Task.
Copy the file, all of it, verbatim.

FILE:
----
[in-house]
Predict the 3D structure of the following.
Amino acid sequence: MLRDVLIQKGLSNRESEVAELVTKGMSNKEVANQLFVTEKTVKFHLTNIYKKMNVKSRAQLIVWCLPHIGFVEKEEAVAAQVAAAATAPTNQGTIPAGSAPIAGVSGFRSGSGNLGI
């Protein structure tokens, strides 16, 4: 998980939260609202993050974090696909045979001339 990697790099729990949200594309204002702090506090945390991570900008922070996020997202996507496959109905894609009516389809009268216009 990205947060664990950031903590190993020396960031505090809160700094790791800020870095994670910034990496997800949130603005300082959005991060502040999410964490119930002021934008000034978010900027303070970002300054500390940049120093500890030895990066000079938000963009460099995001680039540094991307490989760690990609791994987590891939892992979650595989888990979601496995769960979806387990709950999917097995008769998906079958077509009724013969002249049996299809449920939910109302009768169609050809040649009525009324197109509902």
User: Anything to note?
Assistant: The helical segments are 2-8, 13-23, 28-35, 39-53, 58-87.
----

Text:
[in-house]
Predict the 3D structure of the following.
Amino acid sequence: MLRDVLIQKGLSNRESEVAELVTKGMSNKEVANQLFVTEKTVKFHLTNIYKKMNVKSRAQLIVWCLPHIGFVEKEEAVAAQVAAAATAPTNQGTIPAGSAPIAGVSGFRSGSGNLGI
């Protein structure tokens, strides 16, 4: 998980939260609202993050974090696909045979001339 990697790099729990949200594309204002702090506090945390991570900008922070996020997202996507496959109905894609009516389809009268216009 990205947060664990950031903590190993020396960031505090809160700094790791800020870095994670910034990496997800949130603005300082959005991060502040999410964490119930002021934008000034978010900027303070970002300054500390940049120093500890030895990066000079938000963009460099995001680039540094991307490989760690990609791994987590891939892992979650595989888990979601496995769960979806387990709950999917097995008769998906079958077509009724013969002249049996299809449920939910109302009768169609050809040649009525009324197109509902």
User: Anything to note?
Assistant: The helical segments are 2-8, 13-23, 28-35, 39-53, 58-87.